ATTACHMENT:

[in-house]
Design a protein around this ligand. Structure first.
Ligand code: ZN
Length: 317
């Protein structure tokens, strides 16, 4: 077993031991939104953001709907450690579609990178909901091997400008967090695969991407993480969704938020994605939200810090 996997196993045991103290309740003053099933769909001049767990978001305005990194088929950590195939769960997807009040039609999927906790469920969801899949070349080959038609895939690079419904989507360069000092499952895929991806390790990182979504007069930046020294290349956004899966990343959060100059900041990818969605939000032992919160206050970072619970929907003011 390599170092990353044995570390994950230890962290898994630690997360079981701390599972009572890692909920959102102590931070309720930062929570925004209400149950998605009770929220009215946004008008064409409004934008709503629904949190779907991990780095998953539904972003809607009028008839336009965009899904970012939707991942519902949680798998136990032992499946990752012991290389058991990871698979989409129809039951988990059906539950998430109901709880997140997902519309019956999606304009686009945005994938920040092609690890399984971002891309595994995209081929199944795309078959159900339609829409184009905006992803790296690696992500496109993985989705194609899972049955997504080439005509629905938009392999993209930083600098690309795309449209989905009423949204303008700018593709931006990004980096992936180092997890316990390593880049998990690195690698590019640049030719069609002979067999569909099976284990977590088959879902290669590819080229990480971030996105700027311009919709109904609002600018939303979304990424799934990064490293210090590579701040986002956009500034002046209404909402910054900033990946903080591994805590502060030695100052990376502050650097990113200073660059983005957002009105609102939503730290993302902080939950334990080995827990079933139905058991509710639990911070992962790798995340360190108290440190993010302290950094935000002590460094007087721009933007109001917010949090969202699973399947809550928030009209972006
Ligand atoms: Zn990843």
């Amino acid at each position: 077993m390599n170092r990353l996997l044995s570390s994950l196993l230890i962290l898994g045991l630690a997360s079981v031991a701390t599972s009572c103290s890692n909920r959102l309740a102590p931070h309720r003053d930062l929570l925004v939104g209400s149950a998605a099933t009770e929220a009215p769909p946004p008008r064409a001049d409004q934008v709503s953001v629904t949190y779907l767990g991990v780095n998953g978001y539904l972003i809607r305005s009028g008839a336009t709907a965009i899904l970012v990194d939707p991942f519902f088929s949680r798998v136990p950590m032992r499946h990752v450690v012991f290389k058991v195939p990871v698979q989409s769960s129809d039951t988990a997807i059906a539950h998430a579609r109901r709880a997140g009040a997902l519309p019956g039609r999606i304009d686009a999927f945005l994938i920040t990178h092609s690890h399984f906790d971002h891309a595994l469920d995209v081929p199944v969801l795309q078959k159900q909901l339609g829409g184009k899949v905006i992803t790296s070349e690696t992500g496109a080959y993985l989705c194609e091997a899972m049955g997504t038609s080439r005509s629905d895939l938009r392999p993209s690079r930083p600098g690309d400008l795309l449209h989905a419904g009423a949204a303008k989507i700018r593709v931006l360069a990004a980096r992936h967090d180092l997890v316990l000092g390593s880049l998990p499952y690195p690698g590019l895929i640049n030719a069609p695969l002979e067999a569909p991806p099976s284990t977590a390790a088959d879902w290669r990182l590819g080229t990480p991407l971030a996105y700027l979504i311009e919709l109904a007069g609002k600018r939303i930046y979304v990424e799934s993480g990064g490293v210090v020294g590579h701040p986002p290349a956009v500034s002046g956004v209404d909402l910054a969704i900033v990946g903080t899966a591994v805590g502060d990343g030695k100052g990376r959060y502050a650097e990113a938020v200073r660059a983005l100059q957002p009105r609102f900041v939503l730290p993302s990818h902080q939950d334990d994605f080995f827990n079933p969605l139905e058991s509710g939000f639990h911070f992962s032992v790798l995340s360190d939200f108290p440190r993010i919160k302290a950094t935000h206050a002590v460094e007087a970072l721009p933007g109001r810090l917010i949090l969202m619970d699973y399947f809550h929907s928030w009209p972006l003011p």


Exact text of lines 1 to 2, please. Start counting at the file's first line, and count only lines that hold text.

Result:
[in-house]
Design a protein around this ligand. Structure first.